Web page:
Lots of methods from sampling theorem are useful for graphics, but they don’t exactly apply:

Samples are infinitesimal points. Pixels in hardware aren’t.

You can’t have a real square wave in sampling. If you shift samples a bit to reveal Gibbs phenomenon, it doesn’t change the wave properties at all. OTOH you can have a hard edge on screen, and people will notice if it’s shifted by a half of a pixel.

If image aliasing behaved like aliasing of sampled signals, we could solve font rendering with a Fourier transform and noise shaping (the way audio resampling is a solved problem). Instead, we have a mess of font hinting hacks, because eyes and brains somehow didn’t get the memo about mathematical beauty of the sampling theorem.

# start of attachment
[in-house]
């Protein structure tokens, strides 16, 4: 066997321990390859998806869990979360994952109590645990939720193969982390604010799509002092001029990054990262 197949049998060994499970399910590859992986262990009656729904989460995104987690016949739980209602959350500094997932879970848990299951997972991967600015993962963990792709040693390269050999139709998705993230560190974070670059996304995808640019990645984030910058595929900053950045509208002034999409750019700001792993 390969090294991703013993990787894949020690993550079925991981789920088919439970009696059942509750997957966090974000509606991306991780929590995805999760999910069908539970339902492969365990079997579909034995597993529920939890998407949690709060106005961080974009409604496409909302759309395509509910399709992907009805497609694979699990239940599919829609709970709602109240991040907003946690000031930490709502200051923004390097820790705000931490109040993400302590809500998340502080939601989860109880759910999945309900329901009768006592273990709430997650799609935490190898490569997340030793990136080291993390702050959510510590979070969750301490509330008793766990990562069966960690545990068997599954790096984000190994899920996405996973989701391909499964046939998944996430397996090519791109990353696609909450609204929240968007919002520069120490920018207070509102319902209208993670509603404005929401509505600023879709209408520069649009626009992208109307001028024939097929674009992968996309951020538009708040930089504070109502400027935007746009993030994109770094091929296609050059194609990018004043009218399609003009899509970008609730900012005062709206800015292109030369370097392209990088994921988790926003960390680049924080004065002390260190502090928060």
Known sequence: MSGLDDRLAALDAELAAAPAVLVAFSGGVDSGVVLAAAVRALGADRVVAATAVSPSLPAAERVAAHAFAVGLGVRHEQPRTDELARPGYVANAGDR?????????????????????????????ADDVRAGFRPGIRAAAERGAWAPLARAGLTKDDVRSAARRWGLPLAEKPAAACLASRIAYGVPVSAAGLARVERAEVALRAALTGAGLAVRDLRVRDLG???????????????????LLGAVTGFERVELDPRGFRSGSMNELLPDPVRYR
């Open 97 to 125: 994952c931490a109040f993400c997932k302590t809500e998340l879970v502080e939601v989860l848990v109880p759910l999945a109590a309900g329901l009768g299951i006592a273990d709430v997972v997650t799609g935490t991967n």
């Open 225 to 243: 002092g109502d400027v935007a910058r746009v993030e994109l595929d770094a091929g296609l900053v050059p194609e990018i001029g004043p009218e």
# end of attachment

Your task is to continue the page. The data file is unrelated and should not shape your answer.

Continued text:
I remember first learning about CG and reading about this - it caused me a lot of confusion, because that’s the theory but in practice no one does this. One of the most frequent ways is down size a double size image, and as @kornel says font hints

Lots of methods from sampling theorem are useful for graphics, but they don’t exactly apply:

If image aliasing behaved like aliasing of sampled signals, we could solve font rendering with a Fourier transform and noise shaping (the way audio resampling is a solved problem). Instead, we have a mess of font hinting hacks, because eyes and brains somehow didn’t get the memo about mathematical beauty of the sampling theorem.

I remember first learning about CG and reading about this - it caused me a lot of confusion, because that’s the theory but in practice no one does this. One of the most frequent ways is down size a double size image, and as @kornel says font hints